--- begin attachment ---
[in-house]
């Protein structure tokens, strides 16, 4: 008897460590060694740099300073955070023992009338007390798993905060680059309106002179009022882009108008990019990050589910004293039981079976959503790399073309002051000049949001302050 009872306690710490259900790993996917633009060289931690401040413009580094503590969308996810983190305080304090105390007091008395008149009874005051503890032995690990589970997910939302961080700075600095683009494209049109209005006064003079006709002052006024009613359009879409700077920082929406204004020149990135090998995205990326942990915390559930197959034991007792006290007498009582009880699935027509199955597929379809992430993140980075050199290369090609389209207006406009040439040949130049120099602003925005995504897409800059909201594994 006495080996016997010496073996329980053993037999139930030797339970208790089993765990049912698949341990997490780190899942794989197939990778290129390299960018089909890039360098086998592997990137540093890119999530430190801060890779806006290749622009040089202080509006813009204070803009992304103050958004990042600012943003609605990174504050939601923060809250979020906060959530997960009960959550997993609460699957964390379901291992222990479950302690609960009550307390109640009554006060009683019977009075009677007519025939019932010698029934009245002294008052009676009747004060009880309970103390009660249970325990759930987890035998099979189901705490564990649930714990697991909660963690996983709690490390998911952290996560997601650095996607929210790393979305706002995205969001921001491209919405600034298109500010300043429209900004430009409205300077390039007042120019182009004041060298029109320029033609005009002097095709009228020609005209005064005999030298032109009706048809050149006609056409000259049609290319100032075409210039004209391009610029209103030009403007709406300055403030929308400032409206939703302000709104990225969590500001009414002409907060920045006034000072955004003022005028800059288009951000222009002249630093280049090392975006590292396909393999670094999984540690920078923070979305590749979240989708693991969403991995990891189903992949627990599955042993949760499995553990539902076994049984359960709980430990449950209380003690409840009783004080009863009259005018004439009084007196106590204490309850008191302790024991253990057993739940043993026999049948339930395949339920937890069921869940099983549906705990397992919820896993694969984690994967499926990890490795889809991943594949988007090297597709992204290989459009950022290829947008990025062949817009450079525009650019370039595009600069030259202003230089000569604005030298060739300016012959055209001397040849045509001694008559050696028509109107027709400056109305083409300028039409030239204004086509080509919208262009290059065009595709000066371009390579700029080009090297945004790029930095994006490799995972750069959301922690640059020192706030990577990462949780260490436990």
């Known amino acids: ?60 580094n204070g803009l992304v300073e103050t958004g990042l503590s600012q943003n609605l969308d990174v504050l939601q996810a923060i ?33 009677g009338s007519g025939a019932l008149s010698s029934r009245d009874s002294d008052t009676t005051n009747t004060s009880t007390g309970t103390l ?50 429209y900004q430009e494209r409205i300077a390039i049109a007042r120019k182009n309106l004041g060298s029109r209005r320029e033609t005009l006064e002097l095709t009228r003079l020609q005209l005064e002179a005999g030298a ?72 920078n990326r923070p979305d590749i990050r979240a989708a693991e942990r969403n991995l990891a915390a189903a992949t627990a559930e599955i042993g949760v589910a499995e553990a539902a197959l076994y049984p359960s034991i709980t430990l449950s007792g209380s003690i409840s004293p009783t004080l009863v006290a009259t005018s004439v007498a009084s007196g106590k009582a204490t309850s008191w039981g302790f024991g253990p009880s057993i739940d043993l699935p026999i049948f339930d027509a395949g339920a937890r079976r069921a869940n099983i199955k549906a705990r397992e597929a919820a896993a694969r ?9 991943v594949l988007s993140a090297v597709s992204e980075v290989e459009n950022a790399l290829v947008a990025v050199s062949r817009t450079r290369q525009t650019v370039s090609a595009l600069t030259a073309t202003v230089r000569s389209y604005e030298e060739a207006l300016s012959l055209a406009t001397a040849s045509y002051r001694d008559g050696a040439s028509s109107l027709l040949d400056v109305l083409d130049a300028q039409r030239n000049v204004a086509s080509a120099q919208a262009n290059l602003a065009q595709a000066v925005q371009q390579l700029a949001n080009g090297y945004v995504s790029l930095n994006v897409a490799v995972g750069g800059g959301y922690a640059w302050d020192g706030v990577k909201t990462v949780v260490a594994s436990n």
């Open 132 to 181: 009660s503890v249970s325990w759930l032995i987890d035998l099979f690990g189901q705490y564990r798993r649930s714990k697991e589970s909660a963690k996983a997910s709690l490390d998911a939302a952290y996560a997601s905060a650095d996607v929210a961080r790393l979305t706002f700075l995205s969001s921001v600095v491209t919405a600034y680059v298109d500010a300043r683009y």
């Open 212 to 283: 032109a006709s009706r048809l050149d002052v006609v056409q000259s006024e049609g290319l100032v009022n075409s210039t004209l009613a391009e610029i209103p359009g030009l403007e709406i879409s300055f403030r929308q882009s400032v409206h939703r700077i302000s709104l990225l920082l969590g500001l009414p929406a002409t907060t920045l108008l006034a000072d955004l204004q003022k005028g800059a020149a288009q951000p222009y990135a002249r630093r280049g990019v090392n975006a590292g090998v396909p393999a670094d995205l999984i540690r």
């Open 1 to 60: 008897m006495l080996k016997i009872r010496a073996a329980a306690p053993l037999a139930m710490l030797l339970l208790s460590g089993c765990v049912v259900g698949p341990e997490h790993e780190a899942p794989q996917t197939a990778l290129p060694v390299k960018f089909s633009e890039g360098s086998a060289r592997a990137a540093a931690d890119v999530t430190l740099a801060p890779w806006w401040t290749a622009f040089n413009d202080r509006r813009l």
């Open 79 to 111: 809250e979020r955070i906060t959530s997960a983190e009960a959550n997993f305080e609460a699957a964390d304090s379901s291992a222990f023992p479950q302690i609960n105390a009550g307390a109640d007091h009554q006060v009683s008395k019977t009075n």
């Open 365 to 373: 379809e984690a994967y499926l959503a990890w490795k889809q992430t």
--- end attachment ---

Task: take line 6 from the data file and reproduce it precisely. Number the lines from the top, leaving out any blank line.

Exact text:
């Open 1 to 60: 008897m006495l080996k016997i009872r010496a073996a329980a306690p053993l037999a139930m710490l030797l339970l208790s460590g089993c765990v049912v259900g698949p341990e997490h790993e780190a899942p794989q996917t197939a990778l290129p060694v390299k960018f089909s633009e890039g360098s086998a060289r592997a990137a540093a931690d890119v999530t430190l740099a801060p890779w806006w401040t290749a622009f040089n413009d202080r509006r813009l």